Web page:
Fauvism: Fauvism is the first twentieth-century movement in modern art that as per the records was primarily stirred by the instances of distinguished artists like Vincent van Gogh, Paul Gauguin, Georges Seurat, and Paul Cézanne. The Fauves (“wild monsters”) were an insecurely linked group of French painters with communal interests. Most of the artists such as Henri Matisse, Albert Marquet, and Georges Rouault were regarded as the followers of the Symbolist painter Gustave Moreau who dedicatedly revered the elder artist’s prominence on subjective manifestation.
Some of key ideas reflected by the artists were:
- One of Fauvism’s major influences on modern art was its far-reaching objective of separating color from its depictive purpose and enabling it to exist on the canvas as an independent element. Color could project a mood and establish a structure within the work of art without having to be true to the natural world.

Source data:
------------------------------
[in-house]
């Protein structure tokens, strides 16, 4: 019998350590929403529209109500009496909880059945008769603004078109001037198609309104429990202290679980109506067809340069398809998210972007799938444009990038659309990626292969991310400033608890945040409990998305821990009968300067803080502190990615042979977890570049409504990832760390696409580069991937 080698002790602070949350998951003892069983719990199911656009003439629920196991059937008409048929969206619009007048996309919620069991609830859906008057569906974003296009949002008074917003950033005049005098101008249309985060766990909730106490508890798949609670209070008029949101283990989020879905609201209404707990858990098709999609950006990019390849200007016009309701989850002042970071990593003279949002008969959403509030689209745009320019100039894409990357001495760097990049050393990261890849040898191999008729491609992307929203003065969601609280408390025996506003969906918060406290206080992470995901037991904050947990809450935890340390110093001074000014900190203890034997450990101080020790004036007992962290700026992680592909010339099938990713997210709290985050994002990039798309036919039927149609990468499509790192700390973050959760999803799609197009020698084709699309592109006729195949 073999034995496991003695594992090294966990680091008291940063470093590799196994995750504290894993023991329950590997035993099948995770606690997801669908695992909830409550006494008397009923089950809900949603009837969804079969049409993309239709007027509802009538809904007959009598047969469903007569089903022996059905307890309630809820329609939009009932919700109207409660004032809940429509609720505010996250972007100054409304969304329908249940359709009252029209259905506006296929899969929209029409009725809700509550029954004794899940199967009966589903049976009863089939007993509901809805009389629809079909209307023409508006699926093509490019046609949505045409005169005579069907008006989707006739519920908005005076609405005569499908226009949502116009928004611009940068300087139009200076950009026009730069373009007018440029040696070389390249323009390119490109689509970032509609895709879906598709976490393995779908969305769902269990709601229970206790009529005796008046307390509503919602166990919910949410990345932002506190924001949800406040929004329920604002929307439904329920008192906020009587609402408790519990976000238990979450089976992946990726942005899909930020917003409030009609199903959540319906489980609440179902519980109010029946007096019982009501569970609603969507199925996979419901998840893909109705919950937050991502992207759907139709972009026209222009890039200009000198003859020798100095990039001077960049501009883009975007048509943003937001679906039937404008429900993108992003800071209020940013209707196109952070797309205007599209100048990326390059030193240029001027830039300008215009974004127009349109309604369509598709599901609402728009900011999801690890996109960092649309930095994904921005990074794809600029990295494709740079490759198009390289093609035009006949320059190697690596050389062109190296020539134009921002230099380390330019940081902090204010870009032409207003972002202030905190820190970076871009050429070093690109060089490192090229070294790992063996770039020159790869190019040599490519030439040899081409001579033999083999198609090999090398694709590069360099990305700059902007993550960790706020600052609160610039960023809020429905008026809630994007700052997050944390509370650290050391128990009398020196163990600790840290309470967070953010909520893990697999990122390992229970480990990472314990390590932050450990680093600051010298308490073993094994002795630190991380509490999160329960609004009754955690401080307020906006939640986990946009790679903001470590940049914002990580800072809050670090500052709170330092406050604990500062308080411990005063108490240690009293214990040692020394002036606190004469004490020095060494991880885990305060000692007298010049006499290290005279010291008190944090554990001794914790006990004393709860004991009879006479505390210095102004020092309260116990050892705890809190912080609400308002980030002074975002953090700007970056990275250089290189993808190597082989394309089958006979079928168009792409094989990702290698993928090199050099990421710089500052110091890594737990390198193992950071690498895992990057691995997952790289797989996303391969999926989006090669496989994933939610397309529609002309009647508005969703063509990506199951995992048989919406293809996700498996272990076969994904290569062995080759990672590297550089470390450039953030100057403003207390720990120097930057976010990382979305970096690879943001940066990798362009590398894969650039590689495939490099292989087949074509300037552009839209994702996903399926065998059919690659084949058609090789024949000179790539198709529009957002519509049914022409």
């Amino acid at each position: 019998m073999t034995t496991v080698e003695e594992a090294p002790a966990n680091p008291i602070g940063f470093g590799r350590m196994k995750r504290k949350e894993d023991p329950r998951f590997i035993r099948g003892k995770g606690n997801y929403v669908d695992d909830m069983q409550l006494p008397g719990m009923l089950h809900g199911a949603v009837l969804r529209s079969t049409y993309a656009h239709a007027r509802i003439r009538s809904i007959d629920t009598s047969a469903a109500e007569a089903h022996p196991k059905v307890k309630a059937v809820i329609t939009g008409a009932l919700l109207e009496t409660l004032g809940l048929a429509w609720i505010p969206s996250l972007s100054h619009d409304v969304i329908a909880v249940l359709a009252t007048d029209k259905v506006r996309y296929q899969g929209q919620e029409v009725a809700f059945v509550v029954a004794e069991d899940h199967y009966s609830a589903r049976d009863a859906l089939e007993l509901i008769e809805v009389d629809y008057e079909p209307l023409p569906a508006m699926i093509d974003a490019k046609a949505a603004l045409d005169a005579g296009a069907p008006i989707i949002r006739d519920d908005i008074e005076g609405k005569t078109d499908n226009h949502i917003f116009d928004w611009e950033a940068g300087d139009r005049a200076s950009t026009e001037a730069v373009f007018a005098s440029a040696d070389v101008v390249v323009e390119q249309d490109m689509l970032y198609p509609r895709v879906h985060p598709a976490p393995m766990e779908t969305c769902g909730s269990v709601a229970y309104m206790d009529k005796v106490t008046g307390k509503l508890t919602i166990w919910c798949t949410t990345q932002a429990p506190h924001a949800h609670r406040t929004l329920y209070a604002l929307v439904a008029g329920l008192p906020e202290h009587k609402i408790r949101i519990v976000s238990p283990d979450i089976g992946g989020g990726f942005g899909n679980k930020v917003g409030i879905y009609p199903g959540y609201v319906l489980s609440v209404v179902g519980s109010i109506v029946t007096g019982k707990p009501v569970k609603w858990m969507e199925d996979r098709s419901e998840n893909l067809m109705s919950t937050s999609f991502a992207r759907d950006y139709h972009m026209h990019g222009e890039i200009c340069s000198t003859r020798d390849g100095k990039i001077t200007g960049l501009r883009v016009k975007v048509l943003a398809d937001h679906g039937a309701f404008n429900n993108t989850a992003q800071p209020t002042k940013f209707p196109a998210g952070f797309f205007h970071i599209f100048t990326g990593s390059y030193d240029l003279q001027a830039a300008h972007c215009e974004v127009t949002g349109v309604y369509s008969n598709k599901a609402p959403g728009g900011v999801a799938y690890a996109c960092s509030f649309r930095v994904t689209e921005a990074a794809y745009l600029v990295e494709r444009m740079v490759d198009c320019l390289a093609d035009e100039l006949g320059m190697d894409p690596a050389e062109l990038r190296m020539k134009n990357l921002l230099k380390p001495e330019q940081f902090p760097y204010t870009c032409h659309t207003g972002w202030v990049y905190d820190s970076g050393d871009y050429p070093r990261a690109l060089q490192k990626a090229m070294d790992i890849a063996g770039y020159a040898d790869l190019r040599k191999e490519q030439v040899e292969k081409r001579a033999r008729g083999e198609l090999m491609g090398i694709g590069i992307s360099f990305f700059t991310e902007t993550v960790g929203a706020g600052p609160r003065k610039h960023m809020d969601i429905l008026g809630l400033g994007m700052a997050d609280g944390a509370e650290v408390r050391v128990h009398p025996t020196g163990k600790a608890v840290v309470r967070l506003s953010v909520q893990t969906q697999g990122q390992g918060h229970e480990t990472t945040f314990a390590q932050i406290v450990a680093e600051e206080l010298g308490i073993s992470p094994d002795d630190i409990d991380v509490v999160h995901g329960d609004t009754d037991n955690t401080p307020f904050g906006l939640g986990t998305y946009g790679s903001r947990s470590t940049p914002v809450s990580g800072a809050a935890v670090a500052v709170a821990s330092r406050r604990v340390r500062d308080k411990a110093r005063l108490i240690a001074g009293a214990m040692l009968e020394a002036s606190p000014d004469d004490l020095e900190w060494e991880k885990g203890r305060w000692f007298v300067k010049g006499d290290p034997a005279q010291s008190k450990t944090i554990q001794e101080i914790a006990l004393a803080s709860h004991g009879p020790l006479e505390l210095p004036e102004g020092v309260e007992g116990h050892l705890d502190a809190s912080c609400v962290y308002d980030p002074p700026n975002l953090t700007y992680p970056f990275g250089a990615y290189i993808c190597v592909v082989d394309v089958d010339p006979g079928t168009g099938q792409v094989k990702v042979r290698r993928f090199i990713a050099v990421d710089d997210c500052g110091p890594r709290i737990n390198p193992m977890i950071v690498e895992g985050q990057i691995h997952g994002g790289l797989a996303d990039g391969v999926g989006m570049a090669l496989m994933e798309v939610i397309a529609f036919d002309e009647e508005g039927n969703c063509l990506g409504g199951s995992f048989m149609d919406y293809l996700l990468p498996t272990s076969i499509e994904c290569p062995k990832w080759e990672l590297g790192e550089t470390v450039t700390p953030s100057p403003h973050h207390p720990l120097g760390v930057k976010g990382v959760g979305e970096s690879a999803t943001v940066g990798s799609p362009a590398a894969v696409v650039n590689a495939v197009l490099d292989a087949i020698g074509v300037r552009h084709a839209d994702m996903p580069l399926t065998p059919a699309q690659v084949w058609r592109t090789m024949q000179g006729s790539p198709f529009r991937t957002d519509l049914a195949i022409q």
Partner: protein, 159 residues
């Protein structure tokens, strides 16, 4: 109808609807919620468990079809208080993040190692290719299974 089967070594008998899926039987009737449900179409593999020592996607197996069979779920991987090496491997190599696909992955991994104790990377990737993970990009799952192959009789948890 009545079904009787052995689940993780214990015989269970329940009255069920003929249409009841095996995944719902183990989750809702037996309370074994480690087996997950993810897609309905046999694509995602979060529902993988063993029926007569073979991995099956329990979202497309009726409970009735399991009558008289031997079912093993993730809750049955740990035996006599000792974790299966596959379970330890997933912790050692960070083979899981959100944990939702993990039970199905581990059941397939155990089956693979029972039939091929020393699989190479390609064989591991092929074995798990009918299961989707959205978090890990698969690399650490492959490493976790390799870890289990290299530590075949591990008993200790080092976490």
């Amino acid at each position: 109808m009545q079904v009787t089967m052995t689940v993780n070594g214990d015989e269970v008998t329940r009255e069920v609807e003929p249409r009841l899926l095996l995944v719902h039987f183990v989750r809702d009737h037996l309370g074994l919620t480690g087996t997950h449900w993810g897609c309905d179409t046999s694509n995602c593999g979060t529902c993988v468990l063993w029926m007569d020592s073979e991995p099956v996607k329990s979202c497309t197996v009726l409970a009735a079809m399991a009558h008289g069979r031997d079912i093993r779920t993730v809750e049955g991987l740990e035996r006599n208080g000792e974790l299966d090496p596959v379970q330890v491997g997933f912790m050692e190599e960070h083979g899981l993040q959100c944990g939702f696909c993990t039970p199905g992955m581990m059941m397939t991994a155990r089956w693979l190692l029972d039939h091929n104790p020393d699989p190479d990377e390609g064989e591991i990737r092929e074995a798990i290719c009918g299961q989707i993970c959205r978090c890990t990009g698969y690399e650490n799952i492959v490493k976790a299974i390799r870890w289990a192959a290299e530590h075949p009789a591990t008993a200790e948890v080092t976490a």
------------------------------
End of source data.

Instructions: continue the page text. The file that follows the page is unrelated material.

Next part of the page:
- Another major concern of the artist was the overall poise of the masterpiece. The Fauves’ streamlined forms and infused colors which undoubtedly holded the attention of the spectator.
- Most of all, Fauvism appreciated subjective manifestation. Simply put, artists reflected personal experiences with his subjects, his emotive response to natural surroundings, and his instinct were all more significant than theoretical philosophy or prominent subject matter.